Absinthe: 10 Well Known (and not so well know) FACTS
Most backpackers and student travelers will here about Absinthe Wormwood at some point of their trip planning stage or while on the road traveling through Europe, so it’s worth giving a re-cap on this topic.
Absinthe Wormwood, one of the most mysterious and enigmatic character of the European backpacker scene. Many people know this fascinating character as “La Fèe Verte” or “The Green Fairy”, and those who have had the pleasure of making acquaintance with this larger than life personality comment on the indelible experience, and are always eager in anticipation for their next meeting.
Much of the details of Absinthe Wormwood’s early life are shrouded in a curious combination of fact and fiction. Absinthe was a brainchild of Dr. Pierre Ordinaire in 1792. The good doctor had high hopes that Absinthe would follow in his footsteps and bring cures to people suffering from all types of ailments. Unfortunately, the crowd that followed consisted of more artists and aristocrats than the sick and ailing. Such was the popularity of this well-liked individual, some people began to spread rumors about the strange behavior, with such claims as ‘addictive’, ‘psychotic’ being used liberally and without much evidence.
Eventually, this led to the exile of Absinthe Wormwood from many countries, but the stigmata associated with this outrageous vilification didn’t sway the countless admirers and supporters who fought to erase this injustice. Today, many have tried to imitate and copy the original style and taste of this legendary elixir, but from my understanding, the new versions are close but still just shy of the real deal.
10 Well-known (and not so well-known) FACTS about Absinthe
1. The green color associated with the drink comes from the chlorophyll, which is the same compound that plants use to capture the sun’s energy in the process of photosynthesis.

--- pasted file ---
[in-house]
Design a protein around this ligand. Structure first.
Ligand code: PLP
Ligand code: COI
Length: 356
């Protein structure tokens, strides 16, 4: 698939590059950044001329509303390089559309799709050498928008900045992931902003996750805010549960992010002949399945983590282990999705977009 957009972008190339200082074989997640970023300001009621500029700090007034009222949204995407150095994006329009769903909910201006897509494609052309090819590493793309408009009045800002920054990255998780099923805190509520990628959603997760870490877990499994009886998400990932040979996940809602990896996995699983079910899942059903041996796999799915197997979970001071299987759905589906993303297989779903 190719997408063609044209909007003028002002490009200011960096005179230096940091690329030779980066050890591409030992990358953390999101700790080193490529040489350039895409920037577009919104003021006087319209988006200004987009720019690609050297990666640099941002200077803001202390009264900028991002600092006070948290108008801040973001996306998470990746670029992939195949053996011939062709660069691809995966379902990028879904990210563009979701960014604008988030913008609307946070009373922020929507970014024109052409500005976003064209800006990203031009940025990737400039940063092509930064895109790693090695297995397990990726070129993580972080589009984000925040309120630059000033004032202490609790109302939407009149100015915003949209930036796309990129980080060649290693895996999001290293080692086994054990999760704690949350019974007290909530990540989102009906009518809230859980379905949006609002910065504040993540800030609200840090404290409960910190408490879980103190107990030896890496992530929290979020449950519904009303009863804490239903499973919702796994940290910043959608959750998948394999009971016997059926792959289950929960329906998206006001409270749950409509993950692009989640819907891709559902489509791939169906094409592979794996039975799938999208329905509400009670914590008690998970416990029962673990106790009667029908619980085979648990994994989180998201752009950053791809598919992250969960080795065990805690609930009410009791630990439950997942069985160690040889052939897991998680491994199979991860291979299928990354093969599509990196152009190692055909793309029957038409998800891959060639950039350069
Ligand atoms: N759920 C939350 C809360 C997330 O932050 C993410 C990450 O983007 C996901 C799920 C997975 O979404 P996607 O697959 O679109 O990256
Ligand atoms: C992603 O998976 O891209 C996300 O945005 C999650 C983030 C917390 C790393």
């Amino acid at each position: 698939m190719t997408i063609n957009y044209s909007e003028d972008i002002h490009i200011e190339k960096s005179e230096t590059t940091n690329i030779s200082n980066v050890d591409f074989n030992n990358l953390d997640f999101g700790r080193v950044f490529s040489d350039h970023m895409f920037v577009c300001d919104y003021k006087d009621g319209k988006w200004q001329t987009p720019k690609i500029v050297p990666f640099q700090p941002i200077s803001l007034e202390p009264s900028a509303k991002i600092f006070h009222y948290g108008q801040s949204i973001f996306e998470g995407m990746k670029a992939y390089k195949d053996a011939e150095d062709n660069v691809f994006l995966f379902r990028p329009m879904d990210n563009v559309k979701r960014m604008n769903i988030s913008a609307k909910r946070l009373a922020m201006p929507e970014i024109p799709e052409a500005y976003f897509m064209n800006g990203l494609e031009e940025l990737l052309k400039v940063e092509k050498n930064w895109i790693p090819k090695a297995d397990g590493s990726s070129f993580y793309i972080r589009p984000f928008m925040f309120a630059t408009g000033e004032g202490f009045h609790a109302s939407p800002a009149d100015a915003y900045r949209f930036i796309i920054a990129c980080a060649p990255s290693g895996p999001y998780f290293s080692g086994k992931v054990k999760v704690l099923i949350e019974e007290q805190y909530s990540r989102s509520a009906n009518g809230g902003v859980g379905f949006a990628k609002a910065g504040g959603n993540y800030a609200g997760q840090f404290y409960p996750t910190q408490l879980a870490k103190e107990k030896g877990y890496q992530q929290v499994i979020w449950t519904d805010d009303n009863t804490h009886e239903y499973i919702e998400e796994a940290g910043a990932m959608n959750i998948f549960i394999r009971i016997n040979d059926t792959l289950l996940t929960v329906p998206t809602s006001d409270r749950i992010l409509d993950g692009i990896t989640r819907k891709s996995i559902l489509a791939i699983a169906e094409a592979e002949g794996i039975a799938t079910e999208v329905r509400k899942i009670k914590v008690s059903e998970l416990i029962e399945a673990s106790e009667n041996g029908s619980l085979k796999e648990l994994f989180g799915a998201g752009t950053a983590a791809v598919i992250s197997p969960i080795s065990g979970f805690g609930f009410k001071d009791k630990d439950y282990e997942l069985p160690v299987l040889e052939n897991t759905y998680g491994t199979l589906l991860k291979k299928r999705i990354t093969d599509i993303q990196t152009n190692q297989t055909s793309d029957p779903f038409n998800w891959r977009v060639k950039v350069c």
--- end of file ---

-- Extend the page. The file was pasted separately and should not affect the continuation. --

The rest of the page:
2. Absinthe is not a hallucination, as much as many in the past have claimed, and will not make drinkers high or make you go crazy.
3. Real absinthe should not be overly bitter. Good quality absinthe should have a smooth, refreshing and delicious taste
Watch Americans try Absinthe for the first time.
4. The best absinthe is produced in France, Switzerland and Spain. There are many imitations made in the Czech Republic and Germany, so be wary. Also avoid purchasing any absinthe extract kits because the process of producing high quality absinthe from distillation is much more complicated.
5. Sage contains a much higher concentration of thujone, one of the main active ingredients in absinthe.
6. Traditional absinthe contain between 55-72% alcohol. It is interesting to note that laboratories use 70-80% alcohol to disinfect bench space.
7. On that note, some of the ailments that absinthe was supposed to having been recommend for the treatment of include of epilepsy, gout, kidney stones, colic, headaches and worms.
8. Many famous works of art were undoubtedly inspired by absinthe, among those were some of Degas’ and Van Gogh greatest masterpieces, as well as the very first cubist paintings by Picasso and Braque. All these artists were known to indulge, perhaps not so moderately, in this green elixir of creativity.
9. Despite being banned in the US, France, Switzerland and many other countries, absinthe has never been banned in the United Kingdom, which is probably not all that surprising really!
10. Man has yet to discover a form of alcohol that can be drunk in excess. Absinthe is no exception to the rule so don’t go trying it.
If you’ve had any experience with Absinthe, please share them with us!